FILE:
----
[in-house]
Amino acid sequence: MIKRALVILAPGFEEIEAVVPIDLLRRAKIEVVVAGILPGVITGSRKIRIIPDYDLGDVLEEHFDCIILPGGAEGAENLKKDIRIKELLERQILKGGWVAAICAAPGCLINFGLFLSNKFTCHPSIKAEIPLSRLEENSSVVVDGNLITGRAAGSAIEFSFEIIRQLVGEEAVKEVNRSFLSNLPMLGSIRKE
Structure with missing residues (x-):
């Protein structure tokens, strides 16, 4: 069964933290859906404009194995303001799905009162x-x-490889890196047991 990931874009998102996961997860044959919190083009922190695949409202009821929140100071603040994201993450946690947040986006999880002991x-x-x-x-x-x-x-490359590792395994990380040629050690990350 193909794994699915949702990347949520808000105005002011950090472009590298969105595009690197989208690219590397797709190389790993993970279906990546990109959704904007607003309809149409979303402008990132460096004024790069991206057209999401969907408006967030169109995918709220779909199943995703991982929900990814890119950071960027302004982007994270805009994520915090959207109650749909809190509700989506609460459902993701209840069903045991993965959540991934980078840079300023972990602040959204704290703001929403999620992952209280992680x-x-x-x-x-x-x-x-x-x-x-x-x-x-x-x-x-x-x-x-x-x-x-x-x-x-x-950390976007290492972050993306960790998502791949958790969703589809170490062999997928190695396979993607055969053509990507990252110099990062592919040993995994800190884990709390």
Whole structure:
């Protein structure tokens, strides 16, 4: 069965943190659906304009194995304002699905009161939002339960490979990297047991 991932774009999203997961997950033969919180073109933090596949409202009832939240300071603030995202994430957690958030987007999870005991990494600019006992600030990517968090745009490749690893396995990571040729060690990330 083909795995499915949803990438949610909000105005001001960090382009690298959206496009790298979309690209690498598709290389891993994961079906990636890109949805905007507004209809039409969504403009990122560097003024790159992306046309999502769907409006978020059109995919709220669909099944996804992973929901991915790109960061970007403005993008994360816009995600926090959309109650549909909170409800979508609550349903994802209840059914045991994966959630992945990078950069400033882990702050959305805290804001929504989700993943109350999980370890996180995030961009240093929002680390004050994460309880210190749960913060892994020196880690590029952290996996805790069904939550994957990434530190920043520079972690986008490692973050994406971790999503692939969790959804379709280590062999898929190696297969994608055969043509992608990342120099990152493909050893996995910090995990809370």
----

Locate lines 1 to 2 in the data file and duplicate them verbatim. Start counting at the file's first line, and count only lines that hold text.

[in-house]
Amino acid sequence: MIKRALVILAPGFEEIEAVVPIDLLRRAKIEVVVAGILPGVITGSRKIRIIPDYDLGDVLEEHFDCIILPGGAEGAENLKKDIRIKELLERQILKGGWVAAICAAPGCLINFGLFLSNKFTCHPSIKAEIPLSRLEENSSVVVDGNLITGRAAGSAIEFSFEIIRQLVGEEAVKEVNRSFLSNLPMLGSIRKE